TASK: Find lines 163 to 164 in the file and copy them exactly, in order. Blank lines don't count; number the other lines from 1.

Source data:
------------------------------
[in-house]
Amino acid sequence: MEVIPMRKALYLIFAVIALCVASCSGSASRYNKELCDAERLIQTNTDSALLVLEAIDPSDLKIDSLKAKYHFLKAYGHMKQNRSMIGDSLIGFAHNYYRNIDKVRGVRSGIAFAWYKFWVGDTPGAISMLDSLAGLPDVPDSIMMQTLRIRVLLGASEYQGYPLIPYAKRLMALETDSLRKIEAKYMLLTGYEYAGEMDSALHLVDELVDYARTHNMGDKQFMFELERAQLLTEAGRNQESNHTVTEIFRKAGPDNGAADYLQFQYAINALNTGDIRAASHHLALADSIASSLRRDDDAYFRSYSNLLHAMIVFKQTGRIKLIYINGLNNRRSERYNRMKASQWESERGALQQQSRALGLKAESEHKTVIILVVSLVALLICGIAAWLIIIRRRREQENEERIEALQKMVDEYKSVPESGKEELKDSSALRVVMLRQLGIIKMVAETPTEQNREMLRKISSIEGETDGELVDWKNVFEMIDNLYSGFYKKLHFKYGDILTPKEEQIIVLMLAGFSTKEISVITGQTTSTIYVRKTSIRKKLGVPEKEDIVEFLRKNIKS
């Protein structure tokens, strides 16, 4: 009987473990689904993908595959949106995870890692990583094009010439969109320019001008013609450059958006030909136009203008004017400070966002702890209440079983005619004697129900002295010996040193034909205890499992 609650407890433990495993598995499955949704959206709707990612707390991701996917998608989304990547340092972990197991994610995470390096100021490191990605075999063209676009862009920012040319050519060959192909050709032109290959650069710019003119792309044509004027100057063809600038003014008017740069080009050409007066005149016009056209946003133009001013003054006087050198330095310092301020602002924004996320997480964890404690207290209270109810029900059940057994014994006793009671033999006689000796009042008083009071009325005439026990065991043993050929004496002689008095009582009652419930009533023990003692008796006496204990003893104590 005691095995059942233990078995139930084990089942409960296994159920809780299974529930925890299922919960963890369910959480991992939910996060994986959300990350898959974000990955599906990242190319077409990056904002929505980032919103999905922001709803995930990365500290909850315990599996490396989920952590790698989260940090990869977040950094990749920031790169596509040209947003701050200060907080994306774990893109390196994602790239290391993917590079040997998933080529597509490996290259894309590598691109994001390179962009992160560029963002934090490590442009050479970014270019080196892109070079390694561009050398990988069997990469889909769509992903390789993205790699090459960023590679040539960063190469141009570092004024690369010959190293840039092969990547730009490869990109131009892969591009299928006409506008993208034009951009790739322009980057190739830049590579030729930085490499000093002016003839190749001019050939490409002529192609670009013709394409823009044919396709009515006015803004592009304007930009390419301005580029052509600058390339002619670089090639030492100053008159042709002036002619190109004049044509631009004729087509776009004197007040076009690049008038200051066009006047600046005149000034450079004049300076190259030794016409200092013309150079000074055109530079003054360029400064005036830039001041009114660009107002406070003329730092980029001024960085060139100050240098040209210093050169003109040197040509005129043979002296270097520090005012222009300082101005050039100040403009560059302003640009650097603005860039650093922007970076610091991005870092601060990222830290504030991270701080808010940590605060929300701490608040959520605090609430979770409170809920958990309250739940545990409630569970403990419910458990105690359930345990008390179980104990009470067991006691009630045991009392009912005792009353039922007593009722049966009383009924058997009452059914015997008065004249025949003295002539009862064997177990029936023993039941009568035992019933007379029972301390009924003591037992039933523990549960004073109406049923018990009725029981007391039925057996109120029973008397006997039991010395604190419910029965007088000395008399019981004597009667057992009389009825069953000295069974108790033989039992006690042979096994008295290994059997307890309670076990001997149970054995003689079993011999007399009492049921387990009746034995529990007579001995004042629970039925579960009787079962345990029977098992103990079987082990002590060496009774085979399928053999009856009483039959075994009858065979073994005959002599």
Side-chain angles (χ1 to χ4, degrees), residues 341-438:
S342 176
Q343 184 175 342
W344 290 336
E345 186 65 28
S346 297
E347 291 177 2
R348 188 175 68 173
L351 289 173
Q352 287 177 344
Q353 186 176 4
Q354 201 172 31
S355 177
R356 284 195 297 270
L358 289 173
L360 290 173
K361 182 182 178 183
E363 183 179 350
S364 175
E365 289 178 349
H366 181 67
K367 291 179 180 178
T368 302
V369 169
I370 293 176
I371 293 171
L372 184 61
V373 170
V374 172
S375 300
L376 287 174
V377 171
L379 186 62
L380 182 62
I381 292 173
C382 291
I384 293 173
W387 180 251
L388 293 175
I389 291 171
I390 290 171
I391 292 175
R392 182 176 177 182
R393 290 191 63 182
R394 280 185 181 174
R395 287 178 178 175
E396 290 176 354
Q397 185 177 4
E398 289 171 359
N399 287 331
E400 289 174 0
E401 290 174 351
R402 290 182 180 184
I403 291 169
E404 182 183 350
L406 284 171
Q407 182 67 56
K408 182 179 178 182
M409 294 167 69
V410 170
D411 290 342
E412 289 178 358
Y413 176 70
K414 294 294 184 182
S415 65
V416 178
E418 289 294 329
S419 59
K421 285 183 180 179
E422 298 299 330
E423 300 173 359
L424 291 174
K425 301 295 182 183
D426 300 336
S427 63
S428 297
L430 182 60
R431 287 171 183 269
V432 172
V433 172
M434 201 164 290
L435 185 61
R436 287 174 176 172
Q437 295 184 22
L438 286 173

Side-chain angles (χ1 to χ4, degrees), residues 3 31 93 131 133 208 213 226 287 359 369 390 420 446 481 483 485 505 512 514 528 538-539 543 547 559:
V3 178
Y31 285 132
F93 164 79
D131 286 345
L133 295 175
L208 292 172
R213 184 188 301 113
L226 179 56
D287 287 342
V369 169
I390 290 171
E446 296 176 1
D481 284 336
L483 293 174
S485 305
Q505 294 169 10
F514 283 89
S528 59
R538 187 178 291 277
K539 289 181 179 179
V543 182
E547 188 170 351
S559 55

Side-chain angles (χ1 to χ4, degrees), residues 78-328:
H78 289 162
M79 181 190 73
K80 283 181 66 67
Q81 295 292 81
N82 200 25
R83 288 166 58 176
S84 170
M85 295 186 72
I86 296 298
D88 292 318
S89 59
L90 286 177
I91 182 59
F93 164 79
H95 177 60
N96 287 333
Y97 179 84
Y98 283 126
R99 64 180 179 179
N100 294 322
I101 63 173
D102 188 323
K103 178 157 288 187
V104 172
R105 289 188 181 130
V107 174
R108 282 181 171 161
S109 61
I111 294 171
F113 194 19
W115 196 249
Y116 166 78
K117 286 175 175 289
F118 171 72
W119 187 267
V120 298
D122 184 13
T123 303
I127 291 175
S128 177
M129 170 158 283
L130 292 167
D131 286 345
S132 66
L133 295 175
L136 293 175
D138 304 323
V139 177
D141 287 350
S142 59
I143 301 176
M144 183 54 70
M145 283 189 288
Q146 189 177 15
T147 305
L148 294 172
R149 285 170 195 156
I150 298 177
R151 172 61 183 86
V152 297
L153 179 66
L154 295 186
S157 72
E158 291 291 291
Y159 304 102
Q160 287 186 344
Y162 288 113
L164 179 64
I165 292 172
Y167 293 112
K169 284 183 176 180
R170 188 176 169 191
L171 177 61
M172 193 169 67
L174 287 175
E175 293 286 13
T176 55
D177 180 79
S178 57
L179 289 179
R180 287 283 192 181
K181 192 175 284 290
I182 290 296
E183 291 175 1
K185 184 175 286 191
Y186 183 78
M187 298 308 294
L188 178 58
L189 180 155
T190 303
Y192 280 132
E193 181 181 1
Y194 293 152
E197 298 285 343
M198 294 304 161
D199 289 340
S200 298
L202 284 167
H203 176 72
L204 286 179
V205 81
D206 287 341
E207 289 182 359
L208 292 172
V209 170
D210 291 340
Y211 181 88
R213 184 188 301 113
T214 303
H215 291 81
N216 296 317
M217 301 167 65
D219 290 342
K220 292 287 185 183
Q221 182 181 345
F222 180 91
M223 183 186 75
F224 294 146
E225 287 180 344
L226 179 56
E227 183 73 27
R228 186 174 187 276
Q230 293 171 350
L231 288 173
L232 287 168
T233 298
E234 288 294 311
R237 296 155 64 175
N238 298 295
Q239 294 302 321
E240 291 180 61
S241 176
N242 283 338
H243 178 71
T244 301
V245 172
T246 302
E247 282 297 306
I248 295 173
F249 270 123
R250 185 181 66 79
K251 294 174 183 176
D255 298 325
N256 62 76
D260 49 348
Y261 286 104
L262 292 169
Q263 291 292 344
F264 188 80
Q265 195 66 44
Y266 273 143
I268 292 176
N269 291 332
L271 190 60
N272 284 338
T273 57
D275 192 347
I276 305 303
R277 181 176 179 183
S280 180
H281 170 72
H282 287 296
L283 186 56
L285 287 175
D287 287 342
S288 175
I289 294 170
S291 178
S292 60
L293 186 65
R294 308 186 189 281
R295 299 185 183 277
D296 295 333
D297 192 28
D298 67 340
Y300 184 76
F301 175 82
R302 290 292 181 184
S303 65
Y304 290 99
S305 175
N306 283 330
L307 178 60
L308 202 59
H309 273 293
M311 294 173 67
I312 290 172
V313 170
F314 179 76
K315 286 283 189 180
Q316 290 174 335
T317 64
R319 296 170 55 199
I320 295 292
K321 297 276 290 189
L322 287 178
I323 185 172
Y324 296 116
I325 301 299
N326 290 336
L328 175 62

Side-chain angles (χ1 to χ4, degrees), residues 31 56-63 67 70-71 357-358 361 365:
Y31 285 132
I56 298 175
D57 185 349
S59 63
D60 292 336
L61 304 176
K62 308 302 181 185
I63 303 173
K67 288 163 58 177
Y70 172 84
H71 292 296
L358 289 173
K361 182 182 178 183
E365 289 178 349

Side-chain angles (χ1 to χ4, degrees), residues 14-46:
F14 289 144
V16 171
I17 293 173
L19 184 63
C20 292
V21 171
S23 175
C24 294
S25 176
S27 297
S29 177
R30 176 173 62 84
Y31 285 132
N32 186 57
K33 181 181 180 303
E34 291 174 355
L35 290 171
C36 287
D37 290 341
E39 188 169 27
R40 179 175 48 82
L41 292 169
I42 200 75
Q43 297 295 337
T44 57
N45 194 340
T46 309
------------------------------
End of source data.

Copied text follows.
S142 59
I143 301 176